Common and effective examples of traffic calming infrastructure include traffic circles, speed humps, and strong vertical sight lines (Figs. 8-12). If possible, these traffic calming measures should be implemented across an entire neighborhood rather than on single streets so that motorists do not simply choose to drive fast on the next street over.
Fig. 8: Traffic Circle
Source: Community Design Group, LLC
Fig. 9: Traffic Circle, 5th Street NE, Minneapolis
10: Speed hump at crossing, aka, raised crosswalk
Fig. 11: Raised crosswalk at 5th Street NE, Minneapolis
Fig. 12: Sight lines and traffic calming
Source: Community Design Group, LLC
Many cities today are rediscovering the importance of addressing pedestrian safety, comfort, and mobility as a foundation for livelier, more prosperous, healthier, and more connected communities. Infrastructure improvements are an essential tool for improving the experience of people on foot. Combined with better enforcement and education initiatives, they can help us make great strides in improving a city's livability. And joined with strong pedestrian activism within a city, walking conditions can be greatly-and quickly-improve.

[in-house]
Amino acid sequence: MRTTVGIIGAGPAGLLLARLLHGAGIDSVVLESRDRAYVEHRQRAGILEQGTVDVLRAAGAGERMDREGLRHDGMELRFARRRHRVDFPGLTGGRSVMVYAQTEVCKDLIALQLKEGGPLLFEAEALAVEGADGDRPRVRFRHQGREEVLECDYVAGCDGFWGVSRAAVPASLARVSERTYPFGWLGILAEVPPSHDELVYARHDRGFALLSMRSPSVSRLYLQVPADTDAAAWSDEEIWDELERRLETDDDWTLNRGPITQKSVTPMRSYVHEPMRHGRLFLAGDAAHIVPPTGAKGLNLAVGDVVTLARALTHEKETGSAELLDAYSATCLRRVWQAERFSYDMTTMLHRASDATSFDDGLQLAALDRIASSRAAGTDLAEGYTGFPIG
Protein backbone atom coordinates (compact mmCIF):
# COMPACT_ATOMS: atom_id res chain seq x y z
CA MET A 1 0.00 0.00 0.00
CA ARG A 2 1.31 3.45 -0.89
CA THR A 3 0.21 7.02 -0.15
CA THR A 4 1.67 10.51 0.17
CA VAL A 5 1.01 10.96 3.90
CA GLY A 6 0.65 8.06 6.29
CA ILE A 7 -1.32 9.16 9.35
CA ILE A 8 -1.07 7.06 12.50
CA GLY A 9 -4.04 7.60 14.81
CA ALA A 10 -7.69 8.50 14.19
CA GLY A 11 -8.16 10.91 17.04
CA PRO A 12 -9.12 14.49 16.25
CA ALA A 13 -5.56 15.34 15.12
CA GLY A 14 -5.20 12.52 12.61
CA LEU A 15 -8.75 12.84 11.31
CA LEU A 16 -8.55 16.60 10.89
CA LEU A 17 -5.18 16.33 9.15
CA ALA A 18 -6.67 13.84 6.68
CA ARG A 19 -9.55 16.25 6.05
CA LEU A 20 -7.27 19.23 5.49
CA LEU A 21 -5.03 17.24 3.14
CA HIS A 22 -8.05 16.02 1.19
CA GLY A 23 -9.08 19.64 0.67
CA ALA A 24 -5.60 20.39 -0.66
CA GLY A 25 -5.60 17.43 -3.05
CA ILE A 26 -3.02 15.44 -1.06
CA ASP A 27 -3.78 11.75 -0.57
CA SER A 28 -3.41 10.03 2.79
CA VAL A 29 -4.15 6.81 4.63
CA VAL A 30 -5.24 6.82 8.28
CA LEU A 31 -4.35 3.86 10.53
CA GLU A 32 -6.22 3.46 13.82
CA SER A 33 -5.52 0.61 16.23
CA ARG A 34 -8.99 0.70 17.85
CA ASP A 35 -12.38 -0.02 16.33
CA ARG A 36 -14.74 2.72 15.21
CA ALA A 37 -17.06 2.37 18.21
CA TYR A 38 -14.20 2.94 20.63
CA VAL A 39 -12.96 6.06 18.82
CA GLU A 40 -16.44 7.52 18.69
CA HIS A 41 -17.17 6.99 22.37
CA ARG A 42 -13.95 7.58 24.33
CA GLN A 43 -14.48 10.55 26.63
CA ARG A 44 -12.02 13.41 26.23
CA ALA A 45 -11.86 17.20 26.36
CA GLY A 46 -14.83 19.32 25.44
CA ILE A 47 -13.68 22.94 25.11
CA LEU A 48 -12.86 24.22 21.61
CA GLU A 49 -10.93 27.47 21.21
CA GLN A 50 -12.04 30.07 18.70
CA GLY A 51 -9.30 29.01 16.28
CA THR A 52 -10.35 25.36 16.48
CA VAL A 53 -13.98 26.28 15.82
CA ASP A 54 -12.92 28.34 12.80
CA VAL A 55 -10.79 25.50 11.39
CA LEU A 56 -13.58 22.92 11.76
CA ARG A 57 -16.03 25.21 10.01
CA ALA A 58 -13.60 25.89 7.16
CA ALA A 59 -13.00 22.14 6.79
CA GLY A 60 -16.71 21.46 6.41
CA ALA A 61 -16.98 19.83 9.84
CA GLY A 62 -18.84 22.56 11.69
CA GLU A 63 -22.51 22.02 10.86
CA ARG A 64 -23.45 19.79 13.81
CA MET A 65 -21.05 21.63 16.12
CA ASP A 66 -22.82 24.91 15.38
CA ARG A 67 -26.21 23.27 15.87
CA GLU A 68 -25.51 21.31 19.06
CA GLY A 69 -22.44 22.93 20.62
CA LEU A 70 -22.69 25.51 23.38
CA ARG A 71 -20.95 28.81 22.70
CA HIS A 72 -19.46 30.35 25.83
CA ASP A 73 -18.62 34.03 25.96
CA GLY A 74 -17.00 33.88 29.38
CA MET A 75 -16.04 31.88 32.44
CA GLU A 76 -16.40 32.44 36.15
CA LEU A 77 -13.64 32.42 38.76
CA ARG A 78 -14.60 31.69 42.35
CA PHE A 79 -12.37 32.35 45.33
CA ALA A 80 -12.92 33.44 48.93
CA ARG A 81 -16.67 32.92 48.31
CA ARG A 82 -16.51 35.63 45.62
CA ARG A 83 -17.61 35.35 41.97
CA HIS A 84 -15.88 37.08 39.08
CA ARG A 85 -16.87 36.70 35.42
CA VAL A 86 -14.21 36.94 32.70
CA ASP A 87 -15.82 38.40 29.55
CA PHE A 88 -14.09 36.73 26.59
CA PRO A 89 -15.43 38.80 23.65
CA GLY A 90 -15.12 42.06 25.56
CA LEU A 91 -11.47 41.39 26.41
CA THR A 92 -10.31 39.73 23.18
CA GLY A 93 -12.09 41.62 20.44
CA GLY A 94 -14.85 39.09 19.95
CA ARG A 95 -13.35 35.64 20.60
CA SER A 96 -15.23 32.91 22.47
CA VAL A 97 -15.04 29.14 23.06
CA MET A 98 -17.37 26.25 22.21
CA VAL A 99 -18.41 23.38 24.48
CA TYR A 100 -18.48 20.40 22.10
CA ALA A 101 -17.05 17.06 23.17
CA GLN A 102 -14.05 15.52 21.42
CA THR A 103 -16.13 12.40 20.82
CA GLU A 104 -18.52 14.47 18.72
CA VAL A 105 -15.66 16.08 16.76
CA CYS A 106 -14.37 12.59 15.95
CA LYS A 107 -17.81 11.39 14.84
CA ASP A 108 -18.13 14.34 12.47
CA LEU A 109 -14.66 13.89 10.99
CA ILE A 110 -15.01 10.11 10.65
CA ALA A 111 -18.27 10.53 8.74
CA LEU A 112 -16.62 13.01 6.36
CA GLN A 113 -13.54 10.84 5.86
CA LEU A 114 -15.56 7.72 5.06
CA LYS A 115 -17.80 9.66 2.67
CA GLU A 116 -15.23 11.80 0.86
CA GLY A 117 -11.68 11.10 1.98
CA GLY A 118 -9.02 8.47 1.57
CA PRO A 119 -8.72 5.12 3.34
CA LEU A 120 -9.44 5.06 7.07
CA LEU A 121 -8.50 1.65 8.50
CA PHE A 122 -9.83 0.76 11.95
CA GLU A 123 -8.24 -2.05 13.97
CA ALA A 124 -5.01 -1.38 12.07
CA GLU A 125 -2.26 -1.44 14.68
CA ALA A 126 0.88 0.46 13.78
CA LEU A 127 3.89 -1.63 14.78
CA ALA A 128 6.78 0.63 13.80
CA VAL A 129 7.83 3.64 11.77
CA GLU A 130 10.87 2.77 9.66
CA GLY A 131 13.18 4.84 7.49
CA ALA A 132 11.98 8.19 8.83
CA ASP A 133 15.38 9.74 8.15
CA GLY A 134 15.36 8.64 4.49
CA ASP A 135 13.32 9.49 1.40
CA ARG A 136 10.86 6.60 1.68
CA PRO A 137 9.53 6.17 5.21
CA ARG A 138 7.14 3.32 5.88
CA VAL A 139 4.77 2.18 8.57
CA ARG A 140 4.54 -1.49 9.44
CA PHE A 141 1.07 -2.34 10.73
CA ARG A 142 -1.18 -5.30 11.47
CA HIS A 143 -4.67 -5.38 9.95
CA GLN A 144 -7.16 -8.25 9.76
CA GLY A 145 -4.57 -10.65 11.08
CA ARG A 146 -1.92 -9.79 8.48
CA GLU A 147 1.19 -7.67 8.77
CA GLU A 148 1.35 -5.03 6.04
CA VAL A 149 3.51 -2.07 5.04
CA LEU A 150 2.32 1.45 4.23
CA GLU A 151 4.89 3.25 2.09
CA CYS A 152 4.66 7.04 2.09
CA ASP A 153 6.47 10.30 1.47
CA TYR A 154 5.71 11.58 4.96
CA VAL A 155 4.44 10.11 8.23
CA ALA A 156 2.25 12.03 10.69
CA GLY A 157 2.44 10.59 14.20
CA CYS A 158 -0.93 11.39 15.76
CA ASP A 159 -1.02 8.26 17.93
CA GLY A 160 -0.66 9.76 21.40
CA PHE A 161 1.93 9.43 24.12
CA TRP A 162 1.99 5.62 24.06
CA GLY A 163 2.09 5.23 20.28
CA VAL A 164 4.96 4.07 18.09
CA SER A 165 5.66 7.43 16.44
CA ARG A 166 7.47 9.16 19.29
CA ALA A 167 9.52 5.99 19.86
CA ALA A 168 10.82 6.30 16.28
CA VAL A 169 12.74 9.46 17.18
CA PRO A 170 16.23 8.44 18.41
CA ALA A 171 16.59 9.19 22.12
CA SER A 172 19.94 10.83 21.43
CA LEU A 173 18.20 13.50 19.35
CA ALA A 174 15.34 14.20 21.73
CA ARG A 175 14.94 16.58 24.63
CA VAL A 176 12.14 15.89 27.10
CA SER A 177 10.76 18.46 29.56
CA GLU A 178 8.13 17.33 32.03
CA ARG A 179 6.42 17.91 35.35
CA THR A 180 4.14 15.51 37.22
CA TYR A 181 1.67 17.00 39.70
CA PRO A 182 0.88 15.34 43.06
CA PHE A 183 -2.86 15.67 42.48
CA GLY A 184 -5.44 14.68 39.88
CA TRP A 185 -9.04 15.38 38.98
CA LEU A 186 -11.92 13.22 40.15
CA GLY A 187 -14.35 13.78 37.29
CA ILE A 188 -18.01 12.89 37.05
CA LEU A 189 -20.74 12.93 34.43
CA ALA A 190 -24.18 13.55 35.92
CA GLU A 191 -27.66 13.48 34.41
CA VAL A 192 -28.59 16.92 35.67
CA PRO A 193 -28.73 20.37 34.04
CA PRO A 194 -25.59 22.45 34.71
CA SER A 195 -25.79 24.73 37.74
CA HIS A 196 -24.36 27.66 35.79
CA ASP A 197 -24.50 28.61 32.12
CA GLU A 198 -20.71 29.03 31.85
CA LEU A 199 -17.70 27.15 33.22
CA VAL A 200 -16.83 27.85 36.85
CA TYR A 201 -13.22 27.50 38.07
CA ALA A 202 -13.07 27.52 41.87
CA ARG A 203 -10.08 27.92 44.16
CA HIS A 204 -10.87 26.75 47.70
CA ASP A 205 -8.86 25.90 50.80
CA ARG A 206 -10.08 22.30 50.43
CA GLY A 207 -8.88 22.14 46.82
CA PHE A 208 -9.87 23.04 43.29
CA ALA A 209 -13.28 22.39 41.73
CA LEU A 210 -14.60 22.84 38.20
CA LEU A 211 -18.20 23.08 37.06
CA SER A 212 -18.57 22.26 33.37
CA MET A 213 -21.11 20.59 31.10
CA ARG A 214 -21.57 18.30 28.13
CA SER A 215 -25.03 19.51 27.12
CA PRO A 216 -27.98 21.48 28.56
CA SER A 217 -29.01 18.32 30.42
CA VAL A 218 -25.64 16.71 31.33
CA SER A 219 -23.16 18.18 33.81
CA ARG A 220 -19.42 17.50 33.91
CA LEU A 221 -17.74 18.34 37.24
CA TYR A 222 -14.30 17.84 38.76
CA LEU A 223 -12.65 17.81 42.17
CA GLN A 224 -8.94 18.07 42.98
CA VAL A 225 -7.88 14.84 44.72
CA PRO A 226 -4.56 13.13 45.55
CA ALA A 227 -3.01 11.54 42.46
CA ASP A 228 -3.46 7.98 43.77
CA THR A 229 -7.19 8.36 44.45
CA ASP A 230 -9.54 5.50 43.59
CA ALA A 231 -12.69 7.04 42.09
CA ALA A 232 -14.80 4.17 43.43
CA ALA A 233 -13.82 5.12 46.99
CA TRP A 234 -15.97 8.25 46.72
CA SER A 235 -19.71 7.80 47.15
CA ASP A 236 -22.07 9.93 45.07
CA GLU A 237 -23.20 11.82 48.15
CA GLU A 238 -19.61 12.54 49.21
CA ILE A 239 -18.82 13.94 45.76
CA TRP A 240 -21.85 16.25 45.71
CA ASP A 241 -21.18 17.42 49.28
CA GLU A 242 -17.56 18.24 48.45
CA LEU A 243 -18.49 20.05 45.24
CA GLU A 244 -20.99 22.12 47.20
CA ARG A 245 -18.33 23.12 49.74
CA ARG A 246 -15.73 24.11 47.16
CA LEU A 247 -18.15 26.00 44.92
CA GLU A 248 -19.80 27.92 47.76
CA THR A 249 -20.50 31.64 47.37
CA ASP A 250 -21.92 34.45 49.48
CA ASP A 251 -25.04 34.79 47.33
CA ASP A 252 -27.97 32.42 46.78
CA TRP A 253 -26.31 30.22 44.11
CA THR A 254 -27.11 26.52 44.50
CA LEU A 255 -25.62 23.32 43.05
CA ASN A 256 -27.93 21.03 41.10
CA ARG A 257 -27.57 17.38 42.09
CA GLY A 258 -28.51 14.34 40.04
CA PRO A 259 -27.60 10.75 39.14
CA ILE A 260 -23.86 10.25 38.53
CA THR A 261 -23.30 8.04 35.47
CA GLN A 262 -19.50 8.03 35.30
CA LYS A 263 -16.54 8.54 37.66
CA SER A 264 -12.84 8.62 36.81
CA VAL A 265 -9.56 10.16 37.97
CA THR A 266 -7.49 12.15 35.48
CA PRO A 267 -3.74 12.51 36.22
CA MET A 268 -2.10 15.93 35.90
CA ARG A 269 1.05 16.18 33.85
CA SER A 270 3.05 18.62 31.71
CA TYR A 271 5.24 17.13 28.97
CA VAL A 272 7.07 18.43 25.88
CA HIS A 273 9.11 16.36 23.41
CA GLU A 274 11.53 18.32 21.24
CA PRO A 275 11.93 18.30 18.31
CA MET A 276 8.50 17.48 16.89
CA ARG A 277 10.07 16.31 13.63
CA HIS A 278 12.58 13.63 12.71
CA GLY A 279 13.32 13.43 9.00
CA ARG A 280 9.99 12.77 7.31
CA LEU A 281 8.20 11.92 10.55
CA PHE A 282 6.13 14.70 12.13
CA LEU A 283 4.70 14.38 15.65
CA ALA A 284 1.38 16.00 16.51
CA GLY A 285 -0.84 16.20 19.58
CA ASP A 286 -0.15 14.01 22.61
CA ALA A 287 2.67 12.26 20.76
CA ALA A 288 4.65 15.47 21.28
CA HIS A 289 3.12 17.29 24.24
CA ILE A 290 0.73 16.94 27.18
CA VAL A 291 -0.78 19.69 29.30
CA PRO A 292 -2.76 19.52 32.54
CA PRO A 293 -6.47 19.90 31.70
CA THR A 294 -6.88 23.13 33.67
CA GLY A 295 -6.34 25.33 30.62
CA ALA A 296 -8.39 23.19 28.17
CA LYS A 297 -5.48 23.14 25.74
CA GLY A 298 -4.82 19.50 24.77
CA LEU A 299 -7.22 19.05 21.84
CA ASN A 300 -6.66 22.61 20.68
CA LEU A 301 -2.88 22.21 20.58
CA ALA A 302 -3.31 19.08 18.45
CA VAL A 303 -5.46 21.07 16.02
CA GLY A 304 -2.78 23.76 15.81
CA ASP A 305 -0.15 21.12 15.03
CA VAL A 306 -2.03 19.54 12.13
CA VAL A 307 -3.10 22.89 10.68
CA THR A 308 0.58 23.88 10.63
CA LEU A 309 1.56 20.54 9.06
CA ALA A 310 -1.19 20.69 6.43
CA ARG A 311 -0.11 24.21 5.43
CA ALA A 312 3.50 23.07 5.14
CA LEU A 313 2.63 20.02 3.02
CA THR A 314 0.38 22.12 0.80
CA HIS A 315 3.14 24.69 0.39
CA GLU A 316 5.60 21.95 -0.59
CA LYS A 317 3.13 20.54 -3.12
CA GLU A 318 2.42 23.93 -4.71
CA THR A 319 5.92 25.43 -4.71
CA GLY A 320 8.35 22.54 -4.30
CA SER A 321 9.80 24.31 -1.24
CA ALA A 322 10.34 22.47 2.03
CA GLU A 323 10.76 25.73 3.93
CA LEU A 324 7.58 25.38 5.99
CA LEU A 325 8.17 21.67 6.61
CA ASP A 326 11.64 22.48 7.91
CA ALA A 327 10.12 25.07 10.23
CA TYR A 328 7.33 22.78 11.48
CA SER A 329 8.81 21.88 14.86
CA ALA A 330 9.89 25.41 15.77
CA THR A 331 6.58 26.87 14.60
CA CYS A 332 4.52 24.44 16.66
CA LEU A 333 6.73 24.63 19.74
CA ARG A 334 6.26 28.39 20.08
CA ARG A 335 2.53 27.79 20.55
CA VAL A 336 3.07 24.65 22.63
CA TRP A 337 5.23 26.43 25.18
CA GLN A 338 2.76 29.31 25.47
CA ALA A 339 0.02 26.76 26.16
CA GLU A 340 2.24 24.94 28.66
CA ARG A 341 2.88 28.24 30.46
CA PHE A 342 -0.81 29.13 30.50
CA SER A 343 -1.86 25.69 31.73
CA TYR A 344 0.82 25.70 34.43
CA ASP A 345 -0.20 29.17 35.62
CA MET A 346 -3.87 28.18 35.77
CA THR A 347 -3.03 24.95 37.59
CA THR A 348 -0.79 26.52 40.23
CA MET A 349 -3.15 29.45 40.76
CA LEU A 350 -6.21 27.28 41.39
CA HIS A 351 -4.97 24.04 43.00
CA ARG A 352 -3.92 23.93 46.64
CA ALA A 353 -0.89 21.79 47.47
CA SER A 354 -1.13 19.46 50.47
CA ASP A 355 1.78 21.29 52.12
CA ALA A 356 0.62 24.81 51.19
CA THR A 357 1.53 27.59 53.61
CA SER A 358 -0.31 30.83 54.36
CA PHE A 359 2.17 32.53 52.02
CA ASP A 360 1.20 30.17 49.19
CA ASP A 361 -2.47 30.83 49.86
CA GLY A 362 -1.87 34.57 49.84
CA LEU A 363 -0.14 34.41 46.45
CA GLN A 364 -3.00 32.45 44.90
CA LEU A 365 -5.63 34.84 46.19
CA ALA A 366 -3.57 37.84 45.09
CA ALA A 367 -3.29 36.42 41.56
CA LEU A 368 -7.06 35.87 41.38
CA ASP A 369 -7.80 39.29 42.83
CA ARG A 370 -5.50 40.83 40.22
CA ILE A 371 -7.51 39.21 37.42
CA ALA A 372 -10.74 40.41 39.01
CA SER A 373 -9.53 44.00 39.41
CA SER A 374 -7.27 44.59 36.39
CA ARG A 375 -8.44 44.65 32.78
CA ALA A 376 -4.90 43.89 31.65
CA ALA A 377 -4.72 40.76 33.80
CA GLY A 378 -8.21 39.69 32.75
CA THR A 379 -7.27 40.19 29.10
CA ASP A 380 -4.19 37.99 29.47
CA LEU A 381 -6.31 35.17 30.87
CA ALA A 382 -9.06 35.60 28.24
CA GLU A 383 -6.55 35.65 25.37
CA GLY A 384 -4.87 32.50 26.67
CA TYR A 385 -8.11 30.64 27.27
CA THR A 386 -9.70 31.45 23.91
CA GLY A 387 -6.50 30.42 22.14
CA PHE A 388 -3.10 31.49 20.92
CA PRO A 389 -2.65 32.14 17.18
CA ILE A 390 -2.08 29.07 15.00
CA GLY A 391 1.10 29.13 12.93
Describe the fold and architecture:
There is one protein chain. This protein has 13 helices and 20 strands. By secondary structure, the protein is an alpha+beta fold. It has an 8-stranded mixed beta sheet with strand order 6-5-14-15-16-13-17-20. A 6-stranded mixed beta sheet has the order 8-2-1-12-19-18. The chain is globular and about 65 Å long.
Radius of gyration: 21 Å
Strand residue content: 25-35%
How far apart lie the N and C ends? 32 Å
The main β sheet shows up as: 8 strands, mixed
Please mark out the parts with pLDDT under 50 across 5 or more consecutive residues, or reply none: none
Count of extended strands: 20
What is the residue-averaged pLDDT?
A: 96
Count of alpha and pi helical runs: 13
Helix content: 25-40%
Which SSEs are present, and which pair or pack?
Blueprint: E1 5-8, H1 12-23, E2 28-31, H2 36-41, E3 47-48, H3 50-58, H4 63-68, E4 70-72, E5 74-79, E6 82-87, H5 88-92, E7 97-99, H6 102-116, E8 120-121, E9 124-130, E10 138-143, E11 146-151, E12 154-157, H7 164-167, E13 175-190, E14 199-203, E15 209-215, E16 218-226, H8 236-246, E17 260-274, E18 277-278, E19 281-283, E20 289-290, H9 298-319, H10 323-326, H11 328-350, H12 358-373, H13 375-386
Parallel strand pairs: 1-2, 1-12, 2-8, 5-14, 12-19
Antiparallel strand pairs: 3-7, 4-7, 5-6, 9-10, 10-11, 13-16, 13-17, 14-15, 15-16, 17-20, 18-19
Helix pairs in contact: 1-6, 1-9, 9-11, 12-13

Fig. 13: Quality pedestrian environments are good for cities and communities large and small.
Image: Durham, New Hampshire (pop. 10,300), via Federal Highway Administration and Pedestrian and Bicycle Information Center (PBIC), courtesy of Dan Burden.
If you are interested in learning more about tools and approaches to improve walking or cycling in your community, please take a look at the additional resources listed below and consider joining the great work that Transit for Livable Communities/Bike Walk Twin Cities and other local organizations are doing to improve walking in our communities.
Thanks to Benjamin Waldo of Community Design Group for contributing to this blog.